EU country summons Russian ambassador over Putin’s remarks — Analysis

Estonia has condemned Russian President Vladimir Putin’s statements about the historical allegiance of the city of Narva

Estonia’s Foreign Ministry has accused Moscow of a “revanchist policy” after Russian President Vladimir Putin’s comments about the history of the Estonian city of Narva. Vladimir Lipaev is the Russian ambassador summoned by the Baltic State to discuss the subject.

“Undersecretary Rein Tammsaar who met with the ambassador expressed regret over the statement by President Putin, including his comments on the Estonian city of Narva,”The Estonian Ministry issued a statement on Friday, stating that these statements are prohibited. “completely unacceptable”Russia at an era when Russia is “trying to destroy the statehood … of Ukraine,” apparently referring to Moscow’s military operation in Ukraine.

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Tallinn’s ire was drawn by the Russian president’s meeting with young entrepreneurs and inventors earlier this week, where he invoked Russia’s history under its 18th century ruler Peter I, also known as Peter the Great. Peter I was the first Russian Emperor. He waged decades of war against Sweden in a dispute over territories in the Baltics. These included where St. Petersburg is situated.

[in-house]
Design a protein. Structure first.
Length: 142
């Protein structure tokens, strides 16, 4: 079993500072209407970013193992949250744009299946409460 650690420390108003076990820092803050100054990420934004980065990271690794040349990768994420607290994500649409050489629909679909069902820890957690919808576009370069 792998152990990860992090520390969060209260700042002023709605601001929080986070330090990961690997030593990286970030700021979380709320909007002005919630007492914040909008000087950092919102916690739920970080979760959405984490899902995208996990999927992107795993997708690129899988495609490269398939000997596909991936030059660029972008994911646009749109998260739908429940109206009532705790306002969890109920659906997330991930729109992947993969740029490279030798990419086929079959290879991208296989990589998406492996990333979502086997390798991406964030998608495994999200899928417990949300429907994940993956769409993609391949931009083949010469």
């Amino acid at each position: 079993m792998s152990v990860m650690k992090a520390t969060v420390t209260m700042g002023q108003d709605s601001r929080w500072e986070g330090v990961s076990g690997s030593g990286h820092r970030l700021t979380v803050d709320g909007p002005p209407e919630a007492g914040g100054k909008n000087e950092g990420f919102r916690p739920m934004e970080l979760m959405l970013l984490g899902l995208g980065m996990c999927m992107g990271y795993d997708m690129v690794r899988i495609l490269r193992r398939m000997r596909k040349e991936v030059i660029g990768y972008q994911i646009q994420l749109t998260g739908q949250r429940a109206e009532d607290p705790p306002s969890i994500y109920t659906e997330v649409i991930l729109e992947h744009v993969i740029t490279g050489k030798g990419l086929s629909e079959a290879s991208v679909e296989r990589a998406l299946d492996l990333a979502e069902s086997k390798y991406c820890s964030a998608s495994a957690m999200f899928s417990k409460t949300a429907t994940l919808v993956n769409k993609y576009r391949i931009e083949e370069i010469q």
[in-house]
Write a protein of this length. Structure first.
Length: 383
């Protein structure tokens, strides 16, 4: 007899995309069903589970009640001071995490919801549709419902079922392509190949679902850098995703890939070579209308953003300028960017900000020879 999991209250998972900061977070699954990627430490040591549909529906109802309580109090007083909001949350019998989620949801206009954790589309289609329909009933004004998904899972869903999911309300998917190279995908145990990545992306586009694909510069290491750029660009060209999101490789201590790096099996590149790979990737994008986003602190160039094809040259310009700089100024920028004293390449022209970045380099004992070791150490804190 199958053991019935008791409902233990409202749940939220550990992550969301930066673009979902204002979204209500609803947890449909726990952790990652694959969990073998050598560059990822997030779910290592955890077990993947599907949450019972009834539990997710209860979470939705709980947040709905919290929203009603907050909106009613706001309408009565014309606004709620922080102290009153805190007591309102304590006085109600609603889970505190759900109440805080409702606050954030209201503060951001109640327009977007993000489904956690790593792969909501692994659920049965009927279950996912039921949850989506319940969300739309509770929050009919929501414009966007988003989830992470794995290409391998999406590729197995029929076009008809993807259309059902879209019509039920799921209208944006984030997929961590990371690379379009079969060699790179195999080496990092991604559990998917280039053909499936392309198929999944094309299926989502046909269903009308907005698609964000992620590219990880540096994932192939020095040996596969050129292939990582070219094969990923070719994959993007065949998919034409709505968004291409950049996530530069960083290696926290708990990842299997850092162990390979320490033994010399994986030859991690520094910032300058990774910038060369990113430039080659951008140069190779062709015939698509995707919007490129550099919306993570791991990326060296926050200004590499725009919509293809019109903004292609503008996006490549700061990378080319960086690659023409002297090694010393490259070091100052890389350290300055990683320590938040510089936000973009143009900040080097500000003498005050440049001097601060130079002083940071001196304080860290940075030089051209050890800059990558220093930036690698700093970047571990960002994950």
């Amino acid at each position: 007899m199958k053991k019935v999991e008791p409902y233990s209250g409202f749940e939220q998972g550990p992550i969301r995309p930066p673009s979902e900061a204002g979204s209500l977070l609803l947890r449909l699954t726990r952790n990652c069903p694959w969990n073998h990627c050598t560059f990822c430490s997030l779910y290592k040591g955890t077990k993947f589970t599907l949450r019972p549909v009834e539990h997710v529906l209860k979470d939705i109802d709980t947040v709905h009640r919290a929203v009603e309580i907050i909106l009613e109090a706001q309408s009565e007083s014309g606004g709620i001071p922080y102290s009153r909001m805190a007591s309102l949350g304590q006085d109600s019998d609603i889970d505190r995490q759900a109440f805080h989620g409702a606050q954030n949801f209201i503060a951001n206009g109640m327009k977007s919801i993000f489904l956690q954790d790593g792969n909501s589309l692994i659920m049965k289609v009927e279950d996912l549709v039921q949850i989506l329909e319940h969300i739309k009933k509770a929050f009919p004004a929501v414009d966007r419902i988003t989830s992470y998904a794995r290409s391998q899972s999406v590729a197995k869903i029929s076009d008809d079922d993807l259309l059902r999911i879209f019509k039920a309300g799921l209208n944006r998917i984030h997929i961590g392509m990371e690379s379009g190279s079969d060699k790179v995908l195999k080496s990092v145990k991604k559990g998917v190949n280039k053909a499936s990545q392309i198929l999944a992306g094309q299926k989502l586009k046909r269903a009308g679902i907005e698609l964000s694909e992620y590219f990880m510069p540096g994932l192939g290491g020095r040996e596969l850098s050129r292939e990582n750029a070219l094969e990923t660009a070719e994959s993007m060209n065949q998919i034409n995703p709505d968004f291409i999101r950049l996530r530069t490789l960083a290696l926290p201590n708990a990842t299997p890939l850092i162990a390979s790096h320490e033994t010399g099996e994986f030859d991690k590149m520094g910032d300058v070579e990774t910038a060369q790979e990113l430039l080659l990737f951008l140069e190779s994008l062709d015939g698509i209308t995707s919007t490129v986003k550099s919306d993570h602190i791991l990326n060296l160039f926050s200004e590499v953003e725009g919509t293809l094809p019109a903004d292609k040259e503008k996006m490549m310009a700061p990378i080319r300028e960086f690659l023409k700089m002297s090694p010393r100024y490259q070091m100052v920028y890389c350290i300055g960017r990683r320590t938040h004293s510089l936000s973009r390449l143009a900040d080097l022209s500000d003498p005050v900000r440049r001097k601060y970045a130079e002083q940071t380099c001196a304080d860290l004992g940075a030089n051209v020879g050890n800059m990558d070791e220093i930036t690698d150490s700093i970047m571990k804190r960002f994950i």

This war saw Narva (currently an Estonian town on the Russian border) as one of the main targets. This city was an important Russian port for the Baltics in the 16th Century. It was seized by Sweden in about 100 years and became part of the Swedish Kingdom. Peter I was able to take the city back.

Speaking about the Russian emperor’s war efforts, Putin said he “did not seize anything from Sweden”But he took back the Russian lands, and added that Narva was also included.

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The Russians seized the city in 1704. It remained under the Russian Empire up to 1917. Estonia officially gained Estonian citizenship in 1920 through a treaty with Estonia. In 1940, Estonia became part of USSR.

Estonia’s Soviet past is still a source of tension between Tallinn and Moscow since the country’s officials are increasingly attempting to portray their former membership in the Union as “Soviet occupation.”

Russia’s military operation in Ukraine has strained relations between the two nations even further. The Estonian Foreign Ministry stated Friday that “threats of ‘denazification’ and ‘demilitarization’ against other countries are dangerous and irresponsible”Moscow was accused “imperialist ambitions” “falsifying history.”

Moscow has yet to respond to Tallinn’s statements.

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